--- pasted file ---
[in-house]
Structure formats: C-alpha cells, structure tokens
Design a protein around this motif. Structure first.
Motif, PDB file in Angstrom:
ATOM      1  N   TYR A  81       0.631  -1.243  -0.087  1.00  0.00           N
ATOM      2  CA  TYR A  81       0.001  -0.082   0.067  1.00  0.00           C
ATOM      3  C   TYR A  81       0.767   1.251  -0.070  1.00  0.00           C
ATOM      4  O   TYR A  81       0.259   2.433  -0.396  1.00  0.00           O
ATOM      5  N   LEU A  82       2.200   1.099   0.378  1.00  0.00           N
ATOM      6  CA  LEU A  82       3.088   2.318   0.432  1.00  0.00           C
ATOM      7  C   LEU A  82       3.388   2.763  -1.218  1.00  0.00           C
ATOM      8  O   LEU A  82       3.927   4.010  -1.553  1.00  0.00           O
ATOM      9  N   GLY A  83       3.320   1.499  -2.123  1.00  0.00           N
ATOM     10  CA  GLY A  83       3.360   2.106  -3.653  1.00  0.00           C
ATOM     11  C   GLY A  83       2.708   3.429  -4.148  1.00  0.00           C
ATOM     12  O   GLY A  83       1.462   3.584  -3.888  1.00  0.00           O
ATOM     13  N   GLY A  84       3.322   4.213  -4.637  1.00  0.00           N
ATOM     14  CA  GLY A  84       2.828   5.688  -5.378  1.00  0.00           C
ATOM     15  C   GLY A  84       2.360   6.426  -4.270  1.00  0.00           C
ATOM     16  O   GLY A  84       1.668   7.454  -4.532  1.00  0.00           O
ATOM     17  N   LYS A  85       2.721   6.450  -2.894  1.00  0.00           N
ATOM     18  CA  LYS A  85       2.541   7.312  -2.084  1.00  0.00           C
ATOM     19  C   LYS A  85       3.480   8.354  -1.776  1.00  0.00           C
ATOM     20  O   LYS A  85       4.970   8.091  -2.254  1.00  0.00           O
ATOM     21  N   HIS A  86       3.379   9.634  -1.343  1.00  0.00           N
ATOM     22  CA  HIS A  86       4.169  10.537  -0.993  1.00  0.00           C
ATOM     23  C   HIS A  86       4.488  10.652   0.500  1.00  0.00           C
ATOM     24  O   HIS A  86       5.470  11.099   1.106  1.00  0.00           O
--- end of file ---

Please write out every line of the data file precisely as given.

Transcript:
[in-house]
Structure formats: C-alpha cells, structure tokens
Design a protein around this motif. Structure first.
Motif, PDB file in Angstrom:
ATOM      1  N   TYR A  81       0.631  -1.243  -0.087  1.00  0.00           N
ATOM      2  CA  TYR A  81       0.001  -0.082   0.067  1.00  0.00           C
ATOM      3  C   TYR A  81       0.767   1.251  -0.070  1.00  0.00           C
ATOM      4  O   TYR A  81       0.259   2.433  -0.396  1.00  0.00           O
ATOM      5  N   LEU A  82       2.200   1.099   0.378  1.00  0.00           N
ATOM      6  CA  LEU A  82       3.088   2.318   0.432  1.00  0.00           C
ATOM      7  C   LEU A  82       3.388   2.763  -1.218  1.00  0.00           C
ATOM      8  O   LEU A  82       3.927   4.010  -1.553  1.00  0.00           O
ATOM      9  N   GLY A  83       3.320   1.499  -2.123  1.00  0.00           N
ATOM     10  CA  GLY A  83       3.360   2.106  -3.653  1.00  0.00           C
ATOM     11  C   GLY A  83       2.708   3.429  -4.148  1.00  0.00           C
ATOM     12  O   GLY A  83       1.462   3.584  -3.888  1.00  0.00           O
ATOM     13  N   GLY A  84       3.322   4.213  -4.637  1.00  0.00           N
ATOM     14  CA  GLY A  84       2.828   5.688  -5.378  1.00  0.00           C
ATOM     15  C   GLY A  84       2.360   6.426  -4.270  1.00  0.00           C
ATOM     16  O   GLY A  84       1.668   7.454  -4.532  1.00  0.00           O
ATOM     17  N   LYS A  85       2.721   6.450  -2.894  1.00  0.00           N
ATOM     18  CA  LYS A  85       2.541   7.312  -2.084  1.00  0.00           C
ATOM     19  C   LYS A  85       3.480   8.354  -1.776  1.00  0.00           C
ATOM     20  O   LYS A  85       4.970   8.091  -2.254  1.00  0.00           O
ATOM     21  N   HIS A  86       3.379   9.634  -1.343  1.00  0.00           N
ATOM     22  CA  HIS A  86       4.169  10.537  -0.993  1.00  0.00           C
ATOM     23  C   HIS A  86       4.488  10.652   0.500  1.00  0.00           C
ATOM     24  O   HIS A  86       5.470  11.099   1.106  1.00  0.00           O